Taking sibling rivalry to extremes: Any family that has more than one child is likely to see sibling rivalry in action from time to time. In fact, sibling rivalry can help foster healthy competition and drive to succeed. However, when the behavior becomes extreme or dangerous, the behavior is considered toxic. Some examples of toxic sibling rivalry include:
- Blaming the other sibling every time they get into trouble
- Trying to humiliate the other sibling
- Making competition among siblings personal and vindictive
How to Deal With A Toxic Family Member
Identifying toxic family dynamics is the first step to gaining control and establishing healthy family practices. The next step is to learn how to implement new ways of communicating and acting toward one another. Some ways to begin overcoming toxic family dynamics include:
- Each family member should have an opportunity to express how he or she feels about the family dynamics and what they feel could make things better. This should be done without the interruption or criticisms of other family members.
- Set boundaries. After talking with one another about concerns, it's time to set healthy boundariesfor what behavior is acceptable within the family and what is not. For example, if one spouse is always criticizing the way the other one performs a task, he should be given the option to do the task himself or accept the fact that it is being done by someone else and show appreciation. All family members should have clear instructions about what is expected of them and why. The other family members should express gratitude, not criticism of one another. Be assertive when setting and enforcing boundaries.
- Try to determine the source of toxic behavior.For some, toxic behavior has become a way of life because no one has ever set standards of acceptable behavior within the family. At other times, there may be underlying conditions, such as mental illness, that may cause behavioral disturbances. If you suspect that you or anyone in your family is suffering from any illness that may alter personality, it's important to consult with a primary physician and/or mental health professional to determine if there is any need for medical intervention.
It's important to note if a medical or mental health disorder is the underlying cause, there are treatment options available. Help and support during times of recovery can help strengthen the family bond and resolve the toxic family dynamic. .
- Don't be afraid to be independent.One of the most toxic behaviors an adult child can do is to expect adults parents to support her. If you are the parent, allowing this to happen is a form of toxic behavior, as you are enabling your adult child to manipulate your time and finances while you care for her. Set expectations of what your adult child's rights and responsibilities are while living in your home and stick with those rules. If you are an adult child living at home, get a stable job and learn to support yourself.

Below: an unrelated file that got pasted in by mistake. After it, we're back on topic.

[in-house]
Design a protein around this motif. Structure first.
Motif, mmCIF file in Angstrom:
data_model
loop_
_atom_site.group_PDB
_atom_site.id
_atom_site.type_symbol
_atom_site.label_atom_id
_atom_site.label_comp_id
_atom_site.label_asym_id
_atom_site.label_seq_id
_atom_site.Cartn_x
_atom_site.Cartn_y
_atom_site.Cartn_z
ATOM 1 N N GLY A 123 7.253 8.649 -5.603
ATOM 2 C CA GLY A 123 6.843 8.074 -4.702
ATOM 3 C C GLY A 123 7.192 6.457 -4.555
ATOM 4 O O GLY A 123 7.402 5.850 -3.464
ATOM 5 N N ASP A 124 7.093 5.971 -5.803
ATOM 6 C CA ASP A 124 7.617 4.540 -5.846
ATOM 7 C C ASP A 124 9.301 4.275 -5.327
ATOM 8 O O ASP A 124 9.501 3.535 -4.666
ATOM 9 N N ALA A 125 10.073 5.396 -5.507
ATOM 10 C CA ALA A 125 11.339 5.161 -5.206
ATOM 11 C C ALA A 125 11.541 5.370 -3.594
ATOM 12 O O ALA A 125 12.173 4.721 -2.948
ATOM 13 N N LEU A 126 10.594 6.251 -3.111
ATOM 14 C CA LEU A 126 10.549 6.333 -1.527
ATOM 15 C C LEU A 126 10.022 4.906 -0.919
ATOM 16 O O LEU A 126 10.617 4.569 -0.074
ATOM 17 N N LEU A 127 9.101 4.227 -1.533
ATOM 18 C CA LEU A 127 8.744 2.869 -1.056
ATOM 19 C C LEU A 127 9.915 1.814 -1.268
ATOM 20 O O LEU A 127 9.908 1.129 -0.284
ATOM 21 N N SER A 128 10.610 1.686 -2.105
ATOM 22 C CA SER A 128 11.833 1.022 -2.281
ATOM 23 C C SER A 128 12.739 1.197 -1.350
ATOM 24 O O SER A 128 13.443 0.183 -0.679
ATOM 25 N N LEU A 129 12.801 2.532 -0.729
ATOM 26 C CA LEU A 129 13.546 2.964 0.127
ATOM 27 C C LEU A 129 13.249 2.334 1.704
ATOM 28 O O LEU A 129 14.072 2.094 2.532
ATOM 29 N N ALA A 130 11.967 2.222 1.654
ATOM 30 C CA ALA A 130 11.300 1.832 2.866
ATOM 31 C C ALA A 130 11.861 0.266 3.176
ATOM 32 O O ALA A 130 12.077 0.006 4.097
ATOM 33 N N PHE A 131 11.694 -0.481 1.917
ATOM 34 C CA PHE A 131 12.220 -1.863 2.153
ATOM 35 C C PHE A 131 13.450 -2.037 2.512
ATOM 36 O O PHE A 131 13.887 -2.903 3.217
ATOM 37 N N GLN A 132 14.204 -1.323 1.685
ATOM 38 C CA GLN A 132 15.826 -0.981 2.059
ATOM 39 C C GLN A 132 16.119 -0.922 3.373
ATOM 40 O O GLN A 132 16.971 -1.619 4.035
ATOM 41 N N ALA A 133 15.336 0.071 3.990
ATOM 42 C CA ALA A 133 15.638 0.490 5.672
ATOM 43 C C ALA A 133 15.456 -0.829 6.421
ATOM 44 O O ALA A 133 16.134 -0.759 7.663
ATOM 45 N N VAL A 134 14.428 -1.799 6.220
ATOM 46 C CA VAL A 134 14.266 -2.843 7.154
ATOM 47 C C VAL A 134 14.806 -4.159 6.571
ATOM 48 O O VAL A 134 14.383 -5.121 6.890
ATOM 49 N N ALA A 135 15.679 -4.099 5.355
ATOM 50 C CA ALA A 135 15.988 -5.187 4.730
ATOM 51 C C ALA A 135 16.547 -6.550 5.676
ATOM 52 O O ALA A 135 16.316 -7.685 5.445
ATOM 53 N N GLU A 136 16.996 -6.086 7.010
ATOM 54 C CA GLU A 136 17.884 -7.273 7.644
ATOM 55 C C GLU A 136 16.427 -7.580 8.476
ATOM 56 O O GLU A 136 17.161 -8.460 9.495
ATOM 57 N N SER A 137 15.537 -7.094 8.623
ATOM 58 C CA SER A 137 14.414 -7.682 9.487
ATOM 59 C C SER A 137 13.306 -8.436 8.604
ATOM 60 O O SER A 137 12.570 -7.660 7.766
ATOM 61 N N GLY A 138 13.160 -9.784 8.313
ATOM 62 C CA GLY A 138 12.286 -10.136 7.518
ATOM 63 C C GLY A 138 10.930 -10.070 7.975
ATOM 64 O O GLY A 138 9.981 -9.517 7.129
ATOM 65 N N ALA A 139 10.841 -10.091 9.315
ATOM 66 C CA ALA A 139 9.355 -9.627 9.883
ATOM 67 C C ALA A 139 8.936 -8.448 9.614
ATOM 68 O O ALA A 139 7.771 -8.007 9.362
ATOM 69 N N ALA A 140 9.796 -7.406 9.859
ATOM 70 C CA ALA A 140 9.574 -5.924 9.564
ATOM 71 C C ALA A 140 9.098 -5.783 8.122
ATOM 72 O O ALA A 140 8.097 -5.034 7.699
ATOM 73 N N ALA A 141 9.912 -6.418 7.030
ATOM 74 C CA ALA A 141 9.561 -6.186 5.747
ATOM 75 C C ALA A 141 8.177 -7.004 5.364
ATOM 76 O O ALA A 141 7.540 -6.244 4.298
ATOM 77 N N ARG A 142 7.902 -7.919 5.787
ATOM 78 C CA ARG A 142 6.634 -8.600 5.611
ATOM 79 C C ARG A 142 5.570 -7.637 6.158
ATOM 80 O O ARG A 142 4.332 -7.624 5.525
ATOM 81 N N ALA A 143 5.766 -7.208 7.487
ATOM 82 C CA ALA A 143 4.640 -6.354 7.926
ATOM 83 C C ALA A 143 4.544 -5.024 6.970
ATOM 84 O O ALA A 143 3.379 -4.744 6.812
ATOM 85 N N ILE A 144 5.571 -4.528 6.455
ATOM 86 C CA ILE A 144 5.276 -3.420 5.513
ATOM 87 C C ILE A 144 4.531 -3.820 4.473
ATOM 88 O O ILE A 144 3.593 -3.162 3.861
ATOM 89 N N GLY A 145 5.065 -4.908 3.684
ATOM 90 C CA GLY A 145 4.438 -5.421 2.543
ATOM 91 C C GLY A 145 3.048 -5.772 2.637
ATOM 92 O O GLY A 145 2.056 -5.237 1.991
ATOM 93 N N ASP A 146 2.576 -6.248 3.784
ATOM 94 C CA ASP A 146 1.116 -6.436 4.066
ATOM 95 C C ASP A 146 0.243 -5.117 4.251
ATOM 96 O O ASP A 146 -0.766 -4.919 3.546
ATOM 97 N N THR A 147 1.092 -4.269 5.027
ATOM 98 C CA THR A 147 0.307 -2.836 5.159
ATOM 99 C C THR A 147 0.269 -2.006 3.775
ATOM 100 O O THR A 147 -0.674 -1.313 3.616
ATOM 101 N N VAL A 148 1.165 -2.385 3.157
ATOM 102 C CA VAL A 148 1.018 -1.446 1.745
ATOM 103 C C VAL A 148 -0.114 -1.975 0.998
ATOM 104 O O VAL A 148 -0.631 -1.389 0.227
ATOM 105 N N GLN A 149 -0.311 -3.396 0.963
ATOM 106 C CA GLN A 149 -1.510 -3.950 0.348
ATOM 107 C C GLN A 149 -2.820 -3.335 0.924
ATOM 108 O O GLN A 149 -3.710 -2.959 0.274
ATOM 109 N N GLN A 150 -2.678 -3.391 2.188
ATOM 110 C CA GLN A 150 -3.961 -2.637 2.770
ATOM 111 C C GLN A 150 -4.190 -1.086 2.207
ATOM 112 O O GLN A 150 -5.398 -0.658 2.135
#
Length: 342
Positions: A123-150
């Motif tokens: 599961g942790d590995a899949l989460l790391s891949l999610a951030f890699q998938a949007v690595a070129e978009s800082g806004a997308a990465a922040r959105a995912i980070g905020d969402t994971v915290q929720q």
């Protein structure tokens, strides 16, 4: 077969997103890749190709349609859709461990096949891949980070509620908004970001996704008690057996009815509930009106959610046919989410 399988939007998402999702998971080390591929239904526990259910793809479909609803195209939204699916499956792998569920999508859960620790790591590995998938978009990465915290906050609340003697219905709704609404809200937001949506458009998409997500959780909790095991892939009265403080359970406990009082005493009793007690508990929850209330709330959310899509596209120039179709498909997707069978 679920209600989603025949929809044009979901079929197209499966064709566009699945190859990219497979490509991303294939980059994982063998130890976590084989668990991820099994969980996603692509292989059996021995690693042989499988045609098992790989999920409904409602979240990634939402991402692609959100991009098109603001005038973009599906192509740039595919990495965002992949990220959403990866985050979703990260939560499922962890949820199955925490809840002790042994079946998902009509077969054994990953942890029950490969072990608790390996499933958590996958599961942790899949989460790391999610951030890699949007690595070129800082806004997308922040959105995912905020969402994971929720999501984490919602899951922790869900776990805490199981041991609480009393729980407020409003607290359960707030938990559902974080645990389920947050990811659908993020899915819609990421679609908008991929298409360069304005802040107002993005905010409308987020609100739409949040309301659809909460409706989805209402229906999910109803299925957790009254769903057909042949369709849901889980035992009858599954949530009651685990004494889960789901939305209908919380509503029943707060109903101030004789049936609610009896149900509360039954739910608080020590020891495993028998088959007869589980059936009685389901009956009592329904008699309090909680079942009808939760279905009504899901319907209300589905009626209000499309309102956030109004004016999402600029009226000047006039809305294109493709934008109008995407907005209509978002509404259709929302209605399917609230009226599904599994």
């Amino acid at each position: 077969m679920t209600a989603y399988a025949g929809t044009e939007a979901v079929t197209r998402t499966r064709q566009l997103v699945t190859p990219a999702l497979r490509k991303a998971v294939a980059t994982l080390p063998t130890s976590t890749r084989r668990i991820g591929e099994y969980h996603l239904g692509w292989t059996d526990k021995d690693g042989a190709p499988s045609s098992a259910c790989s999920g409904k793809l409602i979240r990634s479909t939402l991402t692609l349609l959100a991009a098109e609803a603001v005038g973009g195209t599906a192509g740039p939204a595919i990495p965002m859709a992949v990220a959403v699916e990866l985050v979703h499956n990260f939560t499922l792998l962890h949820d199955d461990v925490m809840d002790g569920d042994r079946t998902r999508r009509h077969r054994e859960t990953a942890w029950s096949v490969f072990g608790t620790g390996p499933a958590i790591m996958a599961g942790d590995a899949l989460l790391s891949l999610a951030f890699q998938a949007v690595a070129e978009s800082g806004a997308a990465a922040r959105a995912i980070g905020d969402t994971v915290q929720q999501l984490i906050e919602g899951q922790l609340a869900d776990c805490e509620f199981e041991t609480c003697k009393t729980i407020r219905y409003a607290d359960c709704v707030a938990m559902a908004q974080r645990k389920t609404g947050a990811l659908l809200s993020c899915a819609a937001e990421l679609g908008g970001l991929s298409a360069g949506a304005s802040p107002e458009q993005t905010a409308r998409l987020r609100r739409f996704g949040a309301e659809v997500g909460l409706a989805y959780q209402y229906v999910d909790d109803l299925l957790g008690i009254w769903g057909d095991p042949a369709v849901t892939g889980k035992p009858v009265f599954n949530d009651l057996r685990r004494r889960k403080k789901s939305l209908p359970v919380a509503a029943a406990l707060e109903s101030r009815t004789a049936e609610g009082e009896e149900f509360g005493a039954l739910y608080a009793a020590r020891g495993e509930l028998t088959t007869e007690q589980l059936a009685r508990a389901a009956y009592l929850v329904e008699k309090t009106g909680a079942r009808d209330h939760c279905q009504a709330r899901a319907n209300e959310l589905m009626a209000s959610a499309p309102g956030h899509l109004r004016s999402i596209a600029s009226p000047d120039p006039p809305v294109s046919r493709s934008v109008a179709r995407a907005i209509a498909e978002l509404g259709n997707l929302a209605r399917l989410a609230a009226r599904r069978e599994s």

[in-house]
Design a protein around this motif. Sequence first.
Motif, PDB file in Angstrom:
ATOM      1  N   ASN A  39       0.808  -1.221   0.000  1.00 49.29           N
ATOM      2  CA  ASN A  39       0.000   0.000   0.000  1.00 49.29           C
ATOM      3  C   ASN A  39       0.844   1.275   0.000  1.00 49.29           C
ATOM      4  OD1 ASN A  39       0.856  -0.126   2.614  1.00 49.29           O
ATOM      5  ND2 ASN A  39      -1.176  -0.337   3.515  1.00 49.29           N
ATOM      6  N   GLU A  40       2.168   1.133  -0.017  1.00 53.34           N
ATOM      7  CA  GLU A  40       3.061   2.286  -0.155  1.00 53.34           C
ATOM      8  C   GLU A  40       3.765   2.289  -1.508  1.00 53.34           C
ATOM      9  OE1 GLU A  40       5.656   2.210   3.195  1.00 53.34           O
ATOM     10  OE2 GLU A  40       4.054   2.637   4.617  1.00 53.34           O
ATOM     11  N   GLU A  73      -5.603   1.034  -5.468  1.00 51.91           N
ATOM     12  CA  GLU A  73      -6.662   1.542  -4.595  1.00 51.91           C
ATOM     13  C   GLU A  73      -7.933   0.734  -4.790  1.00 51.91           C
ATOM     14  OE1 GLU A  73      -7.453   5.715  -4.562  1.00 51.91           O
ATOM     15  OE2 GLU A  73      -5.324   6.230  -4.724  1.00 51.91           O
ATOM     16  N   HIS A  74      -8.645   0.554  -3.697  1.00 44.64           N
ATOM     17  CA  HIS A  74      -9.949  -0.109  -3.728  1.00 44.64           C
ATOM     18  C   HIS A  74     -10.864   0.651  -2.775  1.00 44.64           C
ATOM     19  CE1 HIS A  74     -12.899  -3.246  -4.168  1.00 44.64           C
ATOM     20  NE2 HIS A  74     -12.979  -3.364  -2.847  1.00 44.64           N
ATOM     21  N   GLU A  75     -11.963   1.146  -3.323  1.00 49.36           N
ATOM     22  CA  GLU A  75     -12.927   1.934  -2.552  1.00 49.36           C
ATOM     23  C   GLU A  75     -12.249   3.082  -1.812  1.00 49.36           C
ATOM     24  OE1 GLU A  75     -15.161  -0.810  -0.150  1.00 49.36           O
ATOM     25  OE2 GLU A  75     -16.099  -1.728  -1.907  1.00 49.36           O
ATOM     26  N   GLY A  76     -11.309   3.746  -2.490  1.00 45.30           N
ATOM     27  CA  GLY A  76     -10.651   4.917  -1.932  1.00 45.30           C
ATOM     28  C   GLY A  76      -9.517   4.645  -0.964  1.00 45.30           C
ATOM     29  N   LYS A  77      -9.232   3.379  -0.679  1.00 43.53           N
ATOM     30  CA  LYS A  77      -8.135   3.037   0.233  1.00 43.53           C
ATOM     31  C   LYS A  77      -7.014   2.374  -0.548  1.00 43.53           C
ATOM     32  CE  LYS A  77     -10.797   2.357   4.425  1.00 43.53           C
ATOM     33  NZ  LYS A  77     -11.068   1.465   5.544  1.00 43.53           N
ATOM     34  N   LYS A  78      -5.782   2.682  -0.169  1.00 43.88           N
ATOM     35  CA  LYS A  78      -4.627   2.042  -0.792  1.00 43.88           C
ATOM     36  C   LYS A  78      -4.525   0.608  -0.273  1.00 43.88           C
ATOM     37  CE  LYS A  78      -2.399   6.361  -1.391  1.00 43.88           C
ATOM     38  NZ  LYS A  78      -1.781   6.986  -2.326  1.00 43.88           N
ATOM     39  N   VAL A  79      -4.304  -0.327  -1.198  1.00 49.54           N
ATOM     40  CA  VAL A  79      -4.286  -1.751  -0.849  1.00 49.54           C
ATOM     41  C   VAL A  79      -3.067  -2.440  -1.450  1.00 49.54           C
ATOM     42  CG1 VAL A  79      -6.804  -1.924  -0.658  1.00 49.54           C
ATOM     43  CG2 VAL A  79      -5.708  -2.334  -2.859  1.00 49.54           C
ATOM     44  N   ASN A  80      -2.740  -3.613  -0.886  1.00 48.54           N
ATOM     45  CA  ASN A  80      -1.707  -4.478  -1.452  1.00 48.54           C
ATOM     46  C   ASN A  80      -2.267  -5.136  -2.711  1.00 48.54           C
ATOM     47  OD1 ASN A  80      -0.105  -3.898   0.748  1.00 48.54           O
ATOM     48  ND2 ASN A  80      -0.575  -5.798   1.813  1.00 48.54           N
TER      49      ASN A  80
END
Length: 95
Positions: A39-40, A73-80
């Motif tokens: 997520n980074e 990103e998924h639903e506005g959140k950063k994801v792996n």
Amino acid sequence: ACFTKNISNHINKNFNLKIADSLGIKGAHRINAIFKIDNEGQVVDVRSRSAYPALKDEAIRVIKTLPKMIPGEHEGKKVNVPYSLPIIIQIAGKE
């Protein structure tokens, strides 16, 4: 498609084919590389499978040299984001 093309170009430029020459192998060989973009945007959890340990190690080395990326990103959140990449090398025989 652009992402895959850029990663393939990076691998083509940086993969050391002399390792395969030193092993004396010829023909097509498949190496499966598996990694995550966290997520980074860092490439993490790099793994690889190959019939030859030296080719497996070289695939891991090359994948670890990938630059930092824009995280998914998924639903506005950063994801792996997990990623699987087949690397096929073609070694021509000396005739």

- Know when severing ties is necessary.While no one wants to think about cutting communication with a loved one, when emotional and/or physical well-being is at risk, it may be a necessary step. If attempts to resolve the toxic behavior have been to no avail, taking some time away from the toxic person will give you the chance to think clearly and decide what course of action is best for you. Sometimes a break from communication and negative interaction is all a family needs to realize that changes need to be made.
- Seek Help.Dealing with toxic family dynamics can be difficult. For some, it's hard to set boundaries or cut ties with someone that we love. If you aren't sure how to begin a journey of family healing, seeking the help of a family therapist could be a great way to get support.
It's not uncommon for the person in the family who is exhibiting toxic behavior to refuse counseling or other intervention. While you cannot force a loved one to see a therapist with you, you can talk to someone for yourself. Having someone who is experienced in handling tough family situations can help you learn effective ways to communicate and how to set boundaries and expectations within the family.
There are several sources for getting counseling help. Some people prefer to see a therapist in person or choose to engage in support groups. When neither of these options feels like a good fit for you, a great alternative is online counseling, such as that offered at Regain. Online counseling provides clients with the opportunity to talk to licensed, experienced counselors, doctors, and social workers in the convenience of their own home. Read below for some reviews of ReGain counselors, from people experiencing similar toxic family issues.
What’s the definition of a toxic family?